The world’s first confirmed case of multi-drug-resistant gonorrhea has been reported in the U.K., according to public health officials.
Health experts have expressed concern for some time about the rise of drug-resistant strains of the sexually transmitted infection (STI). Still, even as gonorrhea strains begin to evade certain antibiotics, doctors have usually been able to treat the disease using some combination of commonly used medications — until now.
The U.K. patient — a heterosexual man who reported one regular female sexual partner in the U.K., and one in Southeast Asia about a month before symptom onset — has the world’s first confirmed case of gonorrhea that is resistant to both drugs commonly used to treat it, according to a case report from the U.K.’s public health department. His disease did respond to either azithromycin, an antibiotic frequently used against gonorrhea, or ceftriaxone, which the World Health Organization (WHO) calls the “current last-resort treatment.” He was also treated with the antibiotic spectinomycin, the report adds.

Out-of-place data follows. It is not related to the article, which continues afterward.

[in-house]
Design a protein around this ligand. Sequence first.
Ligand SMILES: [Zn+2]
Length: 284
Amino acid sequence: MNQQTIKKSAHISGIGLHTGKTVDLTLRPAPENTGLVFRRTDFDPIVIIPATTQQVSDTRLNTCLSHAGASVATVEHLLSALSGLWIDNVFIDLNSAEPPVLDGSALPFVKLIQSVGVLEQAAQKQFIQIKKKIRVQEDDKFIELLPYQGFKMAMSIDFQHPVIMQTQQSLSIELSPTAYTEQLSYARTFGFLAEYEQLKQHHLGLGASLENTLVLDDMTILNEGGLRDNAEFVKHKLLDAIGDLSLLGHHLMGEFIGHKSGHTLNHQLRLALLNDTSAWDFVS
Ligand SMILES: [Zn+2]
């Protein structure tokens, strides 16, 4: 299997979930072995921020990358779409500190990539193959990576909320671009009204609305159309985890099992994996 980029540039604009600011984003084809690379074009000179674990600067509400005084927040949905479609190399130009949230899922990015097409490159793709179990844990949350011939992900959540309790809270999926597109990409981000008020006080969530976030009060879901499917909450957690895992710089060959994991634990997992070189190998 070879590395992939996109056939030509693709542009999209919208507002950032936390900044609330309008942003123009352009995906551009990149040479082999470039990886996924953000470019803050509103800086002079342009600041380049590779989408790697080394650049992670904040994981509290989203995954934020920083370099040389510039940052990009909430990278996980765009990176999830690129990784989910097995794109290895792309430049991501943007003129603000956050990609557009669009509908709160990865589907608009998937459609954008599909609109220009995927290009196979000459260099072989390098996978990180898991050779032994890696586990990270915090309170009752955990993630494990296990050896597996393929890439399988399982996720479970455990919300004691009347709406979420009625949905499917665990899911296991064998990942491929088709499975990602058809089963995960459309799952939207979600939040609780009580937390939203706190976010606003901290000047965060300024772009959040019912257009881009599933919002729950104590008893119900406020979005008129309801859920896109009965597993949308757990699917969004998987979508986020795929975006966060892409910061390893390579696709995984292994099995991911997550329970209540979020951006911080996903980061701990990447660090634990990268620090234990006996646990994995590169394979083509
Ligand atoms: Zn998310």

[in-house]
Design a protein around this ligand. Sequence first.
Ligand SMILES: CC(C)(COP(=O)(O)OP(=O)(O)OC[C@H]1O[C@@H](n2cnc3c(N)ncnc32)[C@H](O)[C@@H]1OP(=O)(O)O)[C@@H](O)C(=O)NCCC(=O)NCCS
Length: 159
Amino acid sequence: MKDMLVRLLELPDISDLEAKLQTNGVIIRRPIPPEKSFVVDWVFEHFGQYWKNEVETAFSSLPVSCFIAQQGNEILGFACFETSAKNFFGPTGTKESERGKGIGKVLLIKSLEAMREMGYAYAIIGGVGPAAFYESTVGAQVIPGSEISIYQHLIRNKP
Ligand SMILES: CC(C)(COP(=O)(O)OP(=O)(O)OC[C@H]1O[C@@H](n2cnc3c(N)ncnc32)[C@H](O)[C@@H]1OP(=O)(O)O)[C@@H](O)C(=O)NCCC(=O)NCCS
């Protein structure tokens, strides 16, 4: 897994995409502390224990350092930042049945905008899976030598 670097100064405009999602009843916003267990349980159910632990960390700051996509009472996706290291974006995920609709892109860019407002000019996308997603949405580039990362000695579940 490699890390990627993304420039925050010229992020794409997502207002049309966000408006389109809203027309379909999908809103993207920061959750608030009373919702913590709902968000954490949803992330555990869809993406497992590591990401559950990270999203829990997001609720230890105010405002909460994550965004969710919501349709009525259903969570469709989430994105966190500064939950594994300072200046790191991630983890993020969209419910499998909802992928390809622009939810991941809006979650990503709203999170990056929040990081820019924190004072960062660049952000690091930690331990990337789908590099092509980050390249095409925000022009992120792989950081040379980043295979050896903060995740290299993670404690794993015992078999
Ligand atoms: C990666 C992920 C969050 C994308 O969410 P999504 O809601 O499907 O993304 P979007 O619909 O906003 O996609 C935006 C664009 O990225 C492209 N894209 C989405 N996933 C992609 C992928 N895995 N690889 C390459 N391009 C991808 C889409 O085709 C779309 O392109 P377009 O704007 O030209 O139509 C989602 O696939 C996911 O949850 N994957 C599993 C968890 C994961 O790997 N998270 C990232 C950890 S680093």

“This report is one more confirmation of our greatest fear: drug-resistant gonorrhea spreading around the globe,” David Harvey, executive director of the National Coalition of STD Directors, told CNN.
The patient, who first sought medical care in early 2018, is being treated with an intravenous course of ertapenem, a powerful antibiotic typically used, at least in the U.S., for “serious infections in hospitalized patients,” according to the National Institutes of Health. The results of his next test are expected in mid-April.
Gonorrhea is one of the world’s most common STIs, affecting 78 million people globally each year, according to the WHO. The disease — complications from which can cause pelvic inflammatory disease, ectopic pregnancy, infertility and an increased risk of HIV infections — is also common in the U.S. A September report from the Centers for Disease Control and Prevention estimated that 470,000 Americans were diagnosed with gonorrhea in 2016 alone — making the prospect of untreatable strains all the more concerning.